Plaintiff's second point is that because the C.P.A. Act is "penal" and the Act does not expressly destroy the right of plaintiff to enforce its contracts by appropriate legal process, the strict construction required by the Pennsylvania Statutory Construction Act, 1 Pa.C.S. § 1928, precludes the penalty of dismissal. We disagree. The whole purpose of this alleged contract was illegal because it involved the performance of acts which were expressly declared unlawful under the public policy detailed in the statute regulating certified public accountants. Moreover, as provided in 1 Pa.C.S. § 1922(5), it is presumed that "... the General Assembly intends to favor the public interest as against any private interest". Since the alleged contract had an illegal purpose, the policy of the law requiring protection of the public interest is served by leaving the parties where the Court finds them. Bollinger, supra.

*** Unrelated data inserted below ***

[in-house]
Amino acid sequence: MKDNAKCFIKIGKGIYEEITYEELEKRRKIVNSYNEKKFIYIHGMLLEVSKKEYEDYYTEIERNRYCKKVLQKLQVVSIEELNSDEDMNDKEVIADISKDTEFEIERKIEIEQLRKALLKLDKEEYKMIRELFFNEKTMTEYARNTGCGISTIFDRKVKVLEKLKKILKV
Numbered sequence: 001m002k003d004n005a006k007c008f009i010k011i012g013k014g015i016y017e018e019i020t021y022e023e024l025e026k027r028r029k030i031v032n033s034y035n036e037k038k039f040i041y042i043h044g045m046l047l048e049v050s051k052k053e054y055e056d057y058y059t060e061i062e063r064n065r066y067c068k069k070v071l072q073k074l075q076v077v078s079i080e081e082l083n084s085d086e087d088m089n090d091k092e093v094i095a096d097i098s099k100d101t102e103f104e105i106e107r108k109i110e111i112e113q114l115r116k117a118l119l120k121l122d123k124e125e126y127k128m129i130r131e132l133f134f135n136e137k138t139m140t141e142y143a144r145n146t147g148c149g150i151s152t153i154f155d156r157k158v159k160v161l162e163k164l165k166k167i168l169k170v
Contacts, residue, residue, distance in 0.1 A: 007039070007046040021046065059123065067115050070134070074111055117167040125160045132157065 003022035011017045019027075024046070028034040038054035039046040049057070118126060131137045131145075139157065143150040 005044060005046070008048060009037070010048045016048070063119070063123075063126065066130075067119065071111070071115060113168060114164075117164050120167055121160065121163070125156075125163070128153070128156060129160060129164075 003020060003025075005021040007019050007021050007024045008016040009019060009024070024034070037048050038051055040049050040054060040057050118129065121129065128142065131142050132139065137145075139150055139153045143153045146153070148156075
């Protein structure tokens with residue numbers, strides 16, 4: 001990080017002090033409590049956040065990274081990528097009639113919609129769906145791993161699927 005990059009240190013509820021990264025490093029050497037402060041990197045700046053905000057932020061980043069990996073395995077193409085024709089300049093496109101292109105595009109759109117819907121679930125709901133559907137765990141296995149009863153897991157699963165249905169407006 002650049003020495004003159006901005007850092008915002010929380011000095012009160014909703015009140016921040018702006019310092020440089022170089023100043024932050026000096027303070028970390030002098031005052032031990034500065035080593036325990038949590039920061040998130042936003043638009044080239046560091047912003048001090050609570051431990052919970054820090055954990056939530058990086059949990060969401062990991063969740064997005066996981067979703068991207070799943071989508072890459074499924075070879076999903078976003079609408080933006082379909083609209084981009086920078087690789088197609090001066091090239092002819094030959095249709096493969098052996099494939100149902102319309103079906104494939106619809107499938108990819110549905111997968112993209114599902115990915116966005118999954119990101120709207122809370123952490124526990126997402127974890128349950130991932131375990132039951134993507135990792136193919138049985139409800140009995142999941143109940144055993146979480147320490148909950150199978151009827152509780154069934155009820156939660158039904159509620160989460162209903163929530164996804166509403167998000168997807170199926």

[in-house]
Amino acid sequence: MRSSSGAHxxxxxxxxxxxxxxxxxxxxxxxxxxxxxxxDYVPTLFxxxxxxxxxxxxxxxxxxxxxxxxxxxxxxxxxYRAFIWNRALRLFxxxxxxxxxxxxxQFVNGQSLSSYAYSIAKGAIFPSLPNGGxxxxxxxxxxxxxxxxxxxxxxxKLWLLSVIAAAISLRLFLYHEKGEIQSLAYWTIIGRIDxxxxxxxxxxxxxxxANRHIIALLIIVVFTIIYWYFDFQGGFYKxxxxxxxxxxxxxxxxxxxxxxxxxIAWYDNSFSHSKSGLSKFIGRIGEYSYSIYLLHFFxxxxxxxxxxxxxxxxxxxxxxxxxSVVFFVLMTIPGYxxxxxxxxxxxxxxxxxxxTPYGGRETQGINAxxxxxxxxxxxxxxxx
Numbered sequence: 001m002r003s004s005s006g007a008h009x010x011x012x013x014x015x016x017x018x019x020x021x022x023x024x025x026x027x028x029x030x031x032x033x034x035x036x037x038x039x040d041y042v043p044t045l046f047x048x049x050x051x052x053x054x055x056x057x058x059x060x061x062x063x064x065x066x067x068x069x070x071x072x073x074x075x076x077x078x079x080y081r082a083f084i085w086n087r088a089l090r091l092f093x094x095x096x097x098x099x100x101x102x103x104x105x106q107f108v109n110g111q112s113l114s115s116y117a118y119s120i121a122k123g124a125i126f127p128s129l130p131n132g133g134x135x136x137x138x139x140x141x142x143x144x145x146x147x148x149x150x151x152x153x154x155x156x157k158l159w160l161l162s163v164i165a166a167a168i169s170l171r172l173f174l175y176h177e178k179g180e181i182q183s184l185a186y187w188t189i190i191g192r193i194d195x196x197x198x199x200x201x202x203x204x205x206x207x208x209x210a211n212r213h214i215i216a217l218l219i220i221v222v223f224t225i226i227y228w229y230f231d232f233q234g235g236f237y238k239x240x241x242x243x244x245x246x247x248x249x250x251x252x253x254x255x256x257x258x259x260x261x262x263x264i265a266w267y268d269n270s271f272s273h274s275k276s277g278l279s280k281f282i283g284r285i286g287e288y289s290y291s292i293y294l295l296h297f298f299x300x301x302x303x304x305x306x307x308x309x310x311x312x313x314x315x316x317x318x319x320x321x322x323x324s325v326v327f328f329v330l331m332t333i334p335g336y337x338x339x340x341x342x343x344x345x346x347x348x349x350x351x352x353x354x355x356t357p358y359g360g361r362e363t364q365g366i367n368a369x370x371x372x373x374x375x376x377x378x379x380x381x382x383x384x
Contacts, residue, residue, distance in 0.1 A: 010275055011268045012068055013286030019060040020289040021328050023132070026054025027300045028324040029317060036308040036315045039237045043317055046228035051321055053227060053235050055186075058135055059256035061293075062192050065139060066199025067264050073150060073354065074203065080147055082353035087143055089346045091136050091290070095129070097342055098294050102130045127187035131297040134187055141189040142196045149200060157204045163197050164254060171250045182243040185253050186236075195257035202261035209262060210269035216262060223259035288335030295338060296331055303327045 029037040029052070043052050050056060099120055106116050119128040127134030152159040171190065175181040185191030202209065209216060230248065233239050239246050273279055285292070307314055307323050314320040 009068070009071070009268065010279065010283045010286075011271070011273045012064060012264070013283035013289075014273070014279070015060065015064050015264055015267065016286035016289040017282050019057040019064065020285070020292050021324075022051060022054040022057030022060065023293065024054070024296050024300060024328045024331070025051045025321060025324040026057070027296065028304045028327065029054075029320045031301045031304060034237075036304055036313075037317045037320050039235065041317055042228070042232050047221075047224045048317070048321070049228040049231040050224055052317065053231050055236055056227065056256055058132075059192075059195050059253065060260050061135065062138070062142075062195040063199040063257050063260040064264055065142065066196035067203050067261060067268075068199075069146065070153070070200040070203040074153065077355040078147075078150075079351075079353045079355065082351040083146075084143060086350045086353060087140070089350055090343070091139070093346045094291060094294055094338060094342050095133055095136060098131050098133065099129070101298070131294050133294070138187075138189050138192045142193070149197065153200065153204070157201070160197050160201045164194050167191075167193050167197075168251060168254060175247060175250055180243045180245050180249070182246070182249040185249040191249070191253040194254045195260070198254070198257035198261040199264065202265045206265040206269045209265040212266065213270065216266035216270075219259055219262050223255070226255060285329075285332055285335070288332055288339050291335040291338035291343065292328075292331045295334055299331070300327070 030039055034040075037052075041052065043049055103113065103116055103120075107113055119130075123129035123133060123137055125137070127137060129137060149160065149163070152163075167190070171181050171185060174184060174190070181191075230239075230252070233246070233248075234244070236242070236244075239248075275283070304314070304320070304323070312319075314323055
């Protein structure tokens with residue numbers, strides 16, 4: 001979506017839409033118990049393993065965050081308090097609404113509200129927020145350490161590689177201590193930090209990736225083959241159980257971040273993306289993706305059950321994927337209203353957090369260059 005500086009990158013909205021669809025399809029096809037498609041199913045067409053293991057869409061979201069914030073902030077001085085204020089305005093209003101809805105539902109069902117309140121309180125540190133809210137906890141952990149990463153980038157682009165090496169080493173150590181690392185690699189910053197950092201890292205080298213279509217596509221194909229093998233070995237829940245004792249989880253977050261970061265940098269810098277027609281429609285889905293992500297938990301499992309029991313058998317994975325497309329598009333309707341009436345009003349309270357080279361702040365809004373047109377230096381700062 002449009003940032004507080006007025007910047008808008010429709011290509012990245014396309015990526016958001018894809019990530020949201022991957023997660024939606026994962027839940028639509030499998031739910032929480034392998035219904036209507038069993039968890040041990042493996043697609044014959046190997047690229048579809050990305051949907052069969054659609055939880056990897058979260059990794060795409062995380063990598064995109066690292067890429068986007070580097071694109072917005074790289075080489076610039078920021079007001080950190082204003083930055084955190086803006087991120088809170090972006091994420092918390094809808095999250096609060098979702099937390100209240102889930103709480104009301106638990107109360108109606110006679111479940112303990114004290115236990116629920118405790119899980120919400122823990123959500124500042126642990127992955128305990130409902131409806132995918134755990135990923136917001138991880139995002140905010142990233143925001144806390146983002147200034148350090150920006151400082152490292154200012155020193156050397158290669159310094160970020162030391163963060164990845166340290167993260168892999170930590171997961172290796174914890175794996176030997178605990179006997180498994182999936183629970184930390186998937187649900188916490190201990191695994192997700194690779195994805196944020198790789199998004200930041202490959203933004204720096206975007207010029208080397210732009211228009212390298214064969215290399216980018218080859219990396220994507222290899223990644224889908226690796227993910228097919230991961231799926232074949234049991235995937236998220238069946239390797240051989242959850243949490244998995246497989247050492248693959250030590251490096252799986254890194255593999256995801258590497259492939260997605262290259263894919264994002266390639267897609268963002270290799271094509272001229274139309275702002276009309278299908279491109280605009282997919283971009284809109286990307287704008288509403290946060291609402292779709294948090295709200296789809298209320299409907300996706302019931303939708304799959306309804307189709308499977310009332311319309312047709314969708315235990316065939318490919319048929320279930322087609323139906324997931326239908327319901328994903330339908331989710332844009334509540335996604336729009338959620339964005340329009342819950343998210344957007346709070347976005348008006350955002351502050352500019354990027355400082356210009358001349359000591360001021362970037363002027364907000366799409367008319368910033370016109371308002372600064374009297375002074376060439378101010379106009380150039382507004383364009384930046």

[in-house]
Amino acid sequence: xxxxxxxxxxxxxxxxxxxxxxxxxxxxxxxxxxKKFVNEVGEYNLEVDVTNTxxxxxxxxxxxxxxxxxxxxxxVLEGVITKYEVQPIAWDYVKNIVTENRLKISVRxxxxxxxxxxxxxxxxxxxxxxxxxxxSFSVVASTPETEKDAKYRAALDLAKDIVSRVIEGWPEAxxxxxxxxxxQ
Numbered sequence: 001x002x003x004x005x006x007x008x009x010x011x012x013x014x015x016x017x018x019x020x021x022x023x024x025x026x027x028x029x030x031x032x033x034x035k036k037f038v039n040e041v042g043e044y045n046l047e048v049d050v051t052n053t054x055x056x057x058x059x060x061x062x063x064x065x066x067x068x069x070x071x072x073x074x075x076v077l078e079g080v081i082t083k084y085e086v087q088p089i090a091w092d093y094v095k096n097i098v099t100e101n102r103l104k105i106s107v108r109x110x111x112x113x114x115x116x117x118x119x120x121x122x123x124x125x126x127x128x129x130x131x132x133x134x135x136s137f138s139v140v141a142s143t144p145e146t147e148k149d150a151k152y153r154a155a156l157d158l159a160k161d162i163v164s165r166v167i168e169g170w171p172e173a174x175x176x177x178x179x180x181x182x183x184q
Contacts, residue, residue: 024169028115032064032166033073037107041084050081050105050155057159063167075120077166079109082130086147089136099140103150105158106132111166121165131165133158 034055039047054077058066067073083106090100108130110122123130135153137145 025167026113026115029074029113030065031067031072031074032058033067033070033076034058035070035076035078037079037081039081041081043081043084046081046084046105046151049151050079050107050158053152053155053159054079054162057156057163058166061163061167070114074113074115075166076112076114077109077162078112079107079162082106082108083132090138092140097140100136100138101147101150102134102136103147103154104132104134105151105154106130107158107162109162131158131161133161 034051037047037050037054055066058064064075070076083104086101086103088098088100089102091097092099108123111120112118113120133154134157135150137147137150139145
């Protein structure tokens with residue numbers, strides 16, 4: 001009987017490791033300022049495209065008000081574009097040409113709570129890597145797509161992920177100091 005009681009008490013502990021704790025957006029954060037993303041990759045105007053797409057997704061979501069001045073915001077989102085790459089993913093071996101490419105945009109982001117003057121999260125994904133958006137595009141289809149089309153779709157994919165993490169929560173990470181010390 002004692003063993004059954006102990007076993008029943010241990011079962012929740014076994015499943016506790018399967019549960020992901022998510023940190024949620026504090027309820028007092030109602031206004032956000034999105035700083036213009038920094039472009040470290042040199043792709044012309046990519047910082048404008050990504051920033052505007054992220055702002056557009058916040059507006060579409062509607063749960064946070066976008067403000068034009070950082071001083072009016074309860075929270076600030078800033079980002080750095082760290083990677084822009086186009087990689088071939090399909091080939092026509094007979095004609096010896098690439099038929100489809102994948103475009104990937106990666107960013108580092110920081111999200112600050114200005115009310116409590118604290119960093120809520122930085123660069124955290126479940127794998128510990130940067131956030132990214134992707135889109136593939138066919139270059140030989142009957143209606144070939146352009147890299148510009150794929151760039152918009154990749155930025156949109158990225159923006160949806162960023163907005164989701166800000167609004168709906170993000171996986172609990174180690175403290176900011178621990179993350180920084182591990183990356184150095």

We have found no genuine issue of material fact and conclude that defendants are entitled to judgment as a matter of law. Since we have considered matters outside the pleadings, we will grant defendants' motion for summary judgment.

NOTES

[1] A suggestion of the death of Virginia Del Vecchio has been filed pursuant to Rule 25(d) (1), F.R.Civ.P.

[2] Samuel Bauman and Martin Vogel are the principal shareholders of Bauman & Vogel, C.P.A.

[2a] See Count II of the complaint.

[3] 15 P.S. § 2001 provides in pertinent part:

"A. A foreign business corporation, before doing any business in this Commonwealth, shall procure a certificate of authority to do so from the Department of State, in the manner hereinafter provided in this article * * *".